These reports were a reminder that Australia, as a matter of priority, needs to be backing trials linked to driverless technology. Across the world, the pace of technological change is advancing quickly. Government has the regulatory responsibility for trials to commence.
In the May From the Desk of the CEO, I referred to engagement with the Department of Transport and Main Roads (TMR) with the Connected and Automated Vehicle initiative. This now has gained traction with TMR recruiting some 500 Ipswich residents to retrofit their vehicles with cooperative intelligent transport system technology for on road testing from 2019. We, the MTA Queensland, are technically involved in this project as installers. There remains an increased opportunity for the Queensland government to actively engage and support pilot programs involving autonomous vehicles as part of its Advance Queensland strategy.
With personnel from MEVO (a start-up company), who intend to provide an on-demand free-floating electric vehicle car share business, I met Brisbane Marketing - the commercial arm of the Brisbane City Council (BCC) - to discuss parking permits and other matters. This is the first engagement with this entity which aims to expedite local council support for business. To me, it was a useful contact particularly in terms of the development of our Innovation Hub. Next month, with Core SME Services - a start-up that has relocated from Sydney to our Innovation Hub - we’ll be meeting with the BCC’s Transport, Planning and Strategy Division to discuss intelligent car parking applications.
A most satisfying meeting was with the Assistant Minister for Vocational Education and Training Karen Andrews to discuss training and related strategic issues. I advocated for the return of the abolished Mentor Advisor Apprenticeship Program (MAAP) or like program. Under this program, mentors guided apprentices through their first year of an apprenticeship and this resulted in 95 per cent of apprentices going on to their second year. It promoted the automotive industry to school students, job expos etc. I raised with her the importance of the emerging technologies and the need to consider future workforce skills as a priority for investment. The Minister engaged fully in the discussions and directed her advisors to link the MTA Queensland to national agencies to address the key issues discussed.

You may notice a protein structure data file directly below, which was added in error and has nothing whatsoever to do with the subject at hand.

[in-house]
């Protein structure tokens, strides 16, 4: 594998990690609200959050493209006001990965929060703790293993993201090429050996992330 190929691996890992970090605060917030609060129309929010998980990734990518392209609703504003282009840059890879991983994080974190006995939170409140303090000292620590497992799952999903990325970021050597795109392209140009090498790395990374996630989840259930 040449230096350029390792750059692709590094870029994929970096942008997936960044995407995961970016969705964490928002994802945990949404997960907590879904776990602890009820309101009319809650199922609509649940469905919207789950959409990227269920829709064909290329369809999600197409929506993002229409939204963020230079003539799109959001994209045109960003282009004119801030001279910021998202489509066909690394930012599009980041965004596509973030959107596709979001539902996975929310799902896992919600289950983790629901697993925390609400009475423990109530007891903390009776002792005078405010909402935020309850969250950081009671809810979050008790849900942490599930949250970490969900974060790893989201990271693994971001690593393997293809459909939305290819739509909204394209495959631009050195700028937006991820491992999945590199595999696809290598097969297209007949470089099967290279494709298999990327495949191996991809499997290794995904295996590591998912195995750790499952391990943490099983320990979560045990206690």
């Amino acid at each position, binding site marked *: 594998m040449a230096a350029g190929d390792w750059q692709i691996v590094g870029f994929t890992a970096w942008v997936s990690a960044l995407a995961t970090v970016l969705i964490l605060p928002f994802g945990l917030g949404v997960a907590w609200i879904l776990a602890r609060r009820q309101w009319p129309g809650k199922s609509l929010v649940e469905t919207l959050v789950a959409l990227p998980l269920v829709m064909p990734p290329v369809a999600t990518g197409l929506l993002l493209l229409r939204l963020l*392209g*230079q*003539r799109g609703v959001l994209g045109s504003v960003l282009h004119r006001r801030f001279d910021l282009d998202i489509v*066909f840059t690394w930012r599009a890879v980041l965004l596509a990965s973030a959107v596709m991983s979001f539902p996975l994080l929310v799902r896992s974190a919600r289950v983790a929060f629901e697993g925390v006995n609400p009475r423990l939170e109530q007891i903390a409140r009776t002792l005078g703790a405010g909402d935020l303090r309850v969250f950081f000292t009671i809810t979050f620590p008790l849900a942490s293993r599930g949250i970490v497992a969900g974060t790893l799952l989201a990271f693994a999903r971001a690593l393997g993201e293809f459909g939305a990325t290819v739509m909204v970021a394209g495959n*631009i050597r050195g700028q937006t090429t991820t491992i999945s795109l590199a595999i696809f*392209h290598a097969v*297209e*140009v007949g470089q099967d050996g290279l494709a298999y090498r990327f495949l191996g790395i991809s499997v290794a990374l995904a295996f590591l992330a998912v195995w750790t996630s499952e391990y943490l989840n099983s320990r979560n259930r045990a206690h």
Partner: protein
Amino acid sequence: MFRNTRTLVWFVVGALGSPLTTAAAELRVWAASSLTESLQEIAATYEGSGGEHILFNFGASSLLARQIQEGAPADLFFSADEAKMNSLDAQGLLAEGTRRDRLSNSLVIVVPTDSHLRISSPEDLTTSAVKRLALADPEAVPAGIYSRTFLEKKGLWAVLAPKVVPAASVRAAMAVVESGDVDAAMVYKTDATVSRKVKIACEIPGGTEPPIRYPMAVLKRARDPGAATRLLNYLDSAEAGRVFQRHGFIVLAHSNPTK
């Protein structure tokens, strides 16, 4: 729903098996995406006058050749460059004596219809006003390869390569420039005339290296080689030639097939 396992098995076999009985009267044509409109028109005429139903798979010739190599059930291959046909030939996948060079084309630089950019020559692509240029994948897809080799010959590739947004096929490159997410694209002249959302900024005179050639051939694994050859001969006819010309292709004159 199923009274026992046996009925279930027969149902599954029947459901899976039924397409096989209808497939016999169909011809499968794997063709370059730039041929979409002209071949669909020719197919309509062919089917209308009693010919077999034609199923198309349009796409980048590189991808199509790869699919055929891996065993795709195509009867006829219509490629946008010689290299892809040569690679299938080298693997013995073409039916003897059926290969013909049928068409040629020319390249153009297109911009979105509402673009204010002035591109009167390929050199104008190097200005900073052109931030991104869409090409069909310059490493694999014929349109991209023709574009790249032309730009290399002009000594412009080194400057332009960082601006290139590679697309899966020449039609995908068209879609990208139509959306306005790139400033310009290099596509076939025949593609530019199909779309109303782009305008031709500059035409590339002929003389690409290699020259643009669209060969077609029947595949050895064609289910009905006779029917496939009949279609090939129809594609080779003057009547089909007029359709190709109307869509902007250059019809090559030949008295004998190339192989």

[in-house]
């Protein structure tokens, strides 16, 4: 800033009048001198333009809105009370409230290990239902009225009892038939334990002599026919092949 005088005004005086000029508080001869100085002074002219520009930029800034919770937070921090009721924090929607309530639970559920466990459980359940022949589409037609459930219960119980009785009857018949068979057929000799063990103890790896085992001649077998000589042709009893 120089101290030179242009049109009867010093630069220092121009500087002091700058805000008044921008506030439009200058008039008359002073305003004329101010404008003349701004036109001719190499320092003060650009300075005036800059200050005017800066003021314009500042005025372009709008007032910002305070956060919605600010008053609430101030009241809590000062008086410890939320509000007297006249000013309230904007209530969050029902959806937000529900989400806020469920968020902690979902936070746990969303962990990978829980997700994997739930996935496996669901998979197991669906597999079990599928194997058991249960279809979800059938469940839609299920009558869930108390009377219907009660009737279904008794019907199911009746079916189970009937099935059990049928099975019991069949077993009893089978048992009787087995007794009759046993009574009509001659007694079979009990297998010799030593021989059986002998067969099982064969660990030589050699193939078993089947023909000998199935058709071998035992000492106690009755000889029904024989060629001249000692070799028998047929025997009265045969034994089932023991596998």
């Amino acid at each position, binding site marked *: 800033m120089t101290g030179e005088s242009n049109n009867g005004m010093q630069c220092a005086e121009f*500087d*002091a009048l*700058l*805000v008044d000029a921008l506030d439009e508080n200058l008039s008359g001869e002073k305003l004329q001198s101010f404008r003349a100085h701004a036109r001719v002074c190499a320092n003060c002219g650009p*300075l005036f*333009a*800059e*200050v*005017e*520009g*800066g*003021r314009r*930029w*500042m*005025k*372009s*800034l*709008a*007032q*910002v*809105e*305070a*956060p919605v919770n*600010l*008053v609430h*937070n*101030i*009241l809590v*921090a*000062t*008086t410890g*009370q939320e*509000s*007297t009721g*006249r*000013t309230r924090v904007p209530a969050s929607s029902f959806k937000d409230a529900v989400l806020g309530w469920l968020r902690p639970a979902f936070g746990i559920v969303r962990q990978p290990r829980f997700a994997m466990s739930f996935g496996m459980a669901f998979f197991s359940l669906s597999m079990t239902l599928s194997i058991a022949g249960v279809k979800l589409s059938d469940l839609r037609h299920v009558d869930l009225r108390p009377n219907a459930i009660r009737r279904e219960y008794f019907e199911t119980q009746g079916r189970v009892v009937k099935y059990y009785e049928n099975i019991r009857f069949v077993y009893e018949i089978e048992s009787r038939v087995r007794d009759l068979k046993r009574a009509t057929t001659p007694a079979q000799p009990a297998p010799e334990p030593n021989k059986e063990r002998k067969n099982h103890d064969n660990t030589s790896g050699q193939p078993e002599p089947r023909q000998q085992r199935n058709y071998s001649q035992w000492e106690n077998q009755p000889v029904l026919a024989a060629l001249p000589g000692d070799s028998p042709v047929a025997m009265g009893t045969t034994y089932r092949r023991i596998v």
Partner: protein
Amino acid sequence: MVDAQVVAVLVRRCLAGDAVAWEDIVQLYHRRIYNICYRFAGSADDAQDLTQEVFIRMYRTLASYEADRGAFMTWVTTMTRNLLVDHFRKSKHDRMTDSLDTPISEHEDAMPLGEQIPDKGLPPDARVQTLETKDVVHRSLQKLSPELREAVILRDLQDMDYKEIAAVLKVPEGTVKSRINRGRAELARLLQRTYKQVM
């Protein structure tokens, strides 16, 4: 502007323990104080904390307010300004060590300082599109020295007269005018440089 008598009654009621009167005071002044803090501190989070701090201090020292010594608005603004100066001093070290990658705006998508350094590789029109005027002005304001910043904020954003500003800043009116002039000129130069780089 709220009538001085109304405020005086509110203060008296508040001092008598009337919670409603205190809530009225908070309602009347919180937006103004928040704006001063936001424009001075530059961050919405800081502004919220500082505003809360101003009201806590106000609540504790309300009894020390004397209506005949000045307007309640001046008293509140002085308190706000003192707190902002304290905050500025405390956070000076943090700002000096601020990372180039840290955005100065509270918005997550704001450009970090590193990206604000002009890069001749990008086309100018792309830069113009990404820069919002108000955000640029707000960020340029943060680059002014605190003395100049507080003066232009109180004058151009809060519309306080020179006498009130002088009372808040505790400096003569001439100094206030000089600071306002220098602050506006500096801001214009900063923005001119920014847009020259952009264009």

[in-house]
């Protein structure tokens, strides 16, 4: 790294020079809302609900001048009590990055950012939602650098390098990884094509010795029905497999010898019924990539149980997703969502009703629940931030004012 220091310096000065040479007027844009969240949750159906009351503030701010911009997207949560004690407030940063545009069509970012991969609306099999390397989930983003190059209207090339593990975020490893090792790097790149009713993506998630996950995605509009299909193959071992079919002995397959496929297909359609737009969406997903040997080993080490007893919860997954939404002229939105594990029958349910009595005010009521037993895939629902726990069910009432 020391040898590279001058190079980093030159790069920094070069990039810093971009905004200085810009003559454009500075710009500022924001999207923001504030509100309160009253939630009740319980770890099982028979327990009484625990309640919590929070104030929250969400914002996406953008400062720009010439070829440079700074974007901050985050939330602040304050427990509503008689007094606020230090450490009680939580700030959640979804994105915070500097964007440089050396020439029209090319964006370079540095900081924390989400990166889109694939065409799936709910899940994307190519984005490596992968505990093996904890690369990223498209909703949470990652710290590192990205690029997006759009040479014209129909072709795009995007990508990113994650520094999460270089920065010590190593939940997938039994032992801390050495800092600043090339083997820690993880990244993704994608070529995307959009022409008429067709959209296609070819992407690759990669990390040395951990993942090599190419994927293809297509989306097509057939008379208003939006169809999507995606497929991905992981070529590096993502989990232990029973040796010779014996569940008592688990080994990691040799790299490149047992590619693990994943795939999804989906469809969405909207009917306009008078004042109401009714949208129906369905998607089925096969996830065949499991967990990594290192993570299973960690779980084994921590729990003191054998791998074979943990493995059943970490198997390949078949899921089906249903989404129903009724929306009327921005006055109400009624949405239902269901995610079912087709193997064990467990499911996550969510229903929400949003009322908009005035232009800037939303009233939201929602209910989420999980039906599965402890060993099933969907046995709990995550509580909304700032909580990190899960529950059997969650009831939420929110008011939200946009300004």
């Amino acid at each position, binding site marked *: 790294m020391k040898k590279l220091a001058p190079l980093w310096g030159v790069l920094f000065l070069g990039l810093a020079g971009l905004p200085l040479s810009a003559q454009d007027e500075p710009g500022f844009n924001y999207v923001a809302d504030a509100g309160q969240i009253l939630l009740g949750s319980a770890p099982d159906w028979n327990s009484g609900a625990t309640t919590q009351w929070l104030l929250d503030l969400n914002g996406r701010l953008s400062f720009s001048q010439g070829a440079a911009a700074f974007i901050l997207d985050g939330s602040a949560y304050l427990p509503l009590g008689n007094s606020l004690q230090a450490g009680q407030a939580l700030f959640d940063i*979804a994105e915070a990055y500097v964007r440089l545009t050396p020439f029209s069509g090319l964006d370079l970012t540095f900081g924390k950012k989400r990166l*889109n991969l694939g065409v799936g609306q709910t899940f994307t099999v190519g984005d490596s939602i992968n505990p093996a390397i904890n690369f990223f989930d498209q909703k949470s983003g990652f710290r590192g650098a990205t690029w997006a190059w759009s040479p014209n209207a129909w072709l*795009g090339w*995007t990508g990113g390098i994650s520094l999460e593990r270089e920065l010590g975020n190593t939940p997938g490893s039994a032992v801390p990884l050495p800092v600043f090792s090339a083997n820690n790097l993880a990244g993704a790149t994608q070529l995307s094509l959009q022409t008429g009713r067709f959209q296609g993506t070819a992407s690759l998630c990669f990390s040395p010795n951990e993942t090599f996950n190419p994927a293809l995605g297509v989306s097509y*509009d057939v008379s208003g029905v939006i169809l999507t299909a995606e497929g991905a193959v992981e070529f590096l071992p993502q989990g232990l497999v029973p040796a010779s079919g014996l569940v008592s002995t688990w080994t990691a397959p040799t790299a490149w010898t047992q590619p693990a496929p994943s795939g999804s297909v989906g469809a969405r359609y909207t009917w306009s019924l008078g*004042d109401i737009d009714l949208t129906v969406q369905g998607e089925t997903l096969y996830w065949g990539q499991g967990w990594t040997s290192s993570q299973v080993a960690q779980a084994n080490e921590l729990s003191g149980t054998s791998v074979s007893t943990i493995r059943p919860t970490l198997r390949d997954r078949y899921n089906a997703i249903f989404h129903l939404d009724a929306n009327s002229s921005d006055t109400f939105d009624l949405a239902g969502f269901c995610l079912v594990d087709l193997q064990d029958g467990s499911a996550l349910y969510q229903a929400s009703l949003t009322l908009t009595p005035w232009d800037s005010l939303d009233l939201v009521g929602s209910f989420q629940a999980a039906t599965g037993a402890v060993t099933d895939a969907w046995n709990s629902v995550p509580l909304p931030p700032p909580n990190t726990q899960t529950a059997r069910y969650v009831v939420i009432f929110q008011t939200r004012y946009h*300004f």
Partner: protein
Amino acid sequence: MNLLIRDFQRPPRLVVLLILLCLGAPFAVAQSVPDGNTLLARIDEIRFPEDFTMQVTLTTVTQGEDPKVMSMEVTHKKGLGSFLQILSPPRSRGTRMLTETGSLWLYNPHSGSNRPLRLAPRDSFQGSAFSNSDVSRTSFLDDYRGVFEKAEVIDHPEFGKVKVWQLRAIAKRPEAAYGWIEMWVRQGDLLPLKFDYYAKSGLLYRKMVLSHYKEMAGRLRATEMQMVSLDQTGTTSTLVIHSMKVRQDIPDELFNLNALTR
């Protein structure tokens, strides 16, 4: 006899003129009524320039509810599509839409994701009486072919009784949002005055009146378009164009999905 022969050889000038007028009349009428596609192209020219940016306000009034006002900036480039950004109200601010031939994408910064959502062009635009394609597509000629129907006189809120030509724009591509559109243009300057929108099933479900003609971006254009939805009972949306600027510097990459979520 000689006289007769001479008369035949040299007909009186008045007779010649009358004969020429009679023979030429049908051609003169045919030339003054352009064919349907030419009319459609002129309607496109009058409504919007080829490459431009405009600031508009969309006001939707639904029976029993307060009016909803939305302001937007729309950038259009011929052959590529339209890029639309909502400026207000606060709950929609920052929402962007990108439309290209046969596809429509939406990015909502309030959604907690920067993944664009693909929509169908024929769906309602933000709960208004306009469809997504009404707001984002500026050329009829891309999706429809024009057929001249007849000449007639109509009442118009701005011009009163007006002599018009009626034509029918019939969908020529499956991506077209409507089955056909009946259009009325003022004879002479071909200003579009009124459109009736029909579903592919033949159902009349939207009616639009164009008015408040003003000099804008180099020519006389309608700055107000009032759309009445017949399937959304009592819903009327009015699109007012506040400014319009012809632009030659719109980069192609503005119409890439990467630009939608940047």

As a consequence of our submission to the Australian Competition and Commission’s (ACCC) New Car Retailing Industry - a market study, I attended the roundtable to discuss the study’s recommendations. The most contentious issue was the proposal for a mandatory scheme for car manufacturers to share technical information with independent repairers on fair and reasonable terms.
I cautioned against a mandated government code, stating that it was likely to be to the detriment of our independent repairers based on the entry criteria being expensive and resource intensive. An agreed mandated industry code was the preferred model. An ACCC officer followed up the round-table discussions with a video conference call for a one-on-one dialogue held on the 4th October. I reiterated the views expressed at the round-table and those raised by the AED more recently. The final report on the market study will be published in late 2017.
AND THE LAST THING
In the coming month, the emphasis is on the MTA Queensland showpiece activities. These are the Annual Golf Tournament, the Annual General Meeting and the annual President’s Ball. The Corporate Office takes pride in delivering these events seamlessly and with style. In addition to these, there is the official opening of the Innovation Hub. At this time, the opening date is not yet settled. We await clarification form the Queensland Minister for Innovation, Science and the Digital Economy and Minister for Small Business the Hon Leeanne Enoch as to the timing. In the coming month she maybe pre-occupied with other matters.
Until November, as Henry Ford, the industrialist and the founder of the Ford motor company said, ‘execute ideas with enthusiasm . . . as it is the bottom of all progress’.
Archive CEO Monthly Messages
CEO September 2017 Monthly Message
CEO August 2017 Monthly Message
CEO July 2017 Monthly Message